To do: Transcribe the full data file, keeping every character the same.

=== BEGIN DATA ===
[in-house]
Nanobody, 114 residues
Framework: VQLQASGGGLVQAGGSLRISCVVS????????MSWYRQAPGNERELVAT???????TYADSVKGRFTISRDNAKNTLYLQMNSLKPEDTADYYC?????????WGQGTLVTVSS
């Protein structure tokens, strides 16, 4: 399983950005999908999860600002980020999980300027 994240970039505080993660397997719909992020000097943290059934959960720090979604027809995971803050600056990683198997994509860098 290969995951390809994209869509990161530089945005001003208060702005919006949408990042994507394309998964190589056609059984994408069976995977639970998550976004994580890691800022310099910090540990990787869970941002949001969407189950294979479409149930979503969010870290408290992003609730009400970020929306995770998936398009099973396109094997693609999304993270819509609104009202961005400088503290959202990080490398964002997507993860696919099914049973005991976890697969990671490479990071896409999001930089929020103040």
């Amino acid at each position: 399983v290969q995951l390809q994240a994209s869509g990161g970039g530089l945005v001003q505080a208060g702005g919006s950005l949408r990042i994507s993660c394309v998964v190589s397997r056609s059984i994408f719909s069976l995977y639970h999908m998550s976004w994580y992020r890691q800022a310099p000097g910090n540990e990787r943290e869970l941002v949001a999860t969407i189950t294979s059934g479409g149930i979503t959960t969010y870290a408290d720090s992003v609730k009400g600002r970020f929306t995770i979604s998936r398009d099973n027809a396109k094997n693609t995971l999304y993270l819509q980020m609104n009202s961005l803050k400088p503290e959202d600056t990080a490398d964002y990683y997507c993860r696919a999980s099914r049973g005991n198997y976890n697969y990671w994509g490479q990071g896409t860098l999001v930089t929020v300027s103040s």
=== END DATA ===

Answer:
[in-house]
Nanobody, 114 residues
Framework: VQLQASGGGLVQAGGSLRISCVVS????????MSWYRQAPGNERELVAT???????TYADSVKGRFTISRDNAKNTLYLQMNSLKPEDTADYYC?????????WGQGTLVTVSS
């Protein structure tokens, strides 16, 4: 399983950005999908999860600002980020999980300027 994240970039505080993660397997719909992020000097943290059934959960720090979604027809995971803050600056990683198997994509860098 290969995951390809994209869509990161530089945005001003208060702005919006949408990042994507394309998964190589056609059984994408069976995977639970998550976004994580890691800022310099910090540990990787869970941002949001969407189950294979479409149930979503969010870290408290992003609730009400970020929306995770998936398009099973396109094997693609999304993270819509609104009202961005400088503290959202990080490398964002997507993860696919099914049973005991976890697969990671490479990071896409999001930089929020103040």
């Amino acid at each position: 399983v290969q995951l390809q994240a994209s869509g990161g970039g530089l945005v001003q505080a208060g702005g919006s950005l949408r990042i994507s993660c394309v998964v190589s397997r056609s059984i994408f719909s069976l995977y639970h999908m998550s976004w994580y992020r890691q800022a310099p000097g910090n540990e990787r943290e869970l941002v949001a999860t969407i189950t294979s059934g479409g149930i979503t959960t969010y870290a408290d720090s992003v609730k009400g600002r970020f929306t995770i979604s998936r398009d099973n027809a396109k094997n693609t995971l999304y993270l819509q980020m609104n009202s961005l803050k400088p503290e959202d600056t990080a490398d964002y990683y997507c993860r696919a999980s099914r049973g005991n198997y976890n697969y990671w994509g490479q990071g896409t860098l999001v930089t929020v300027s103040s």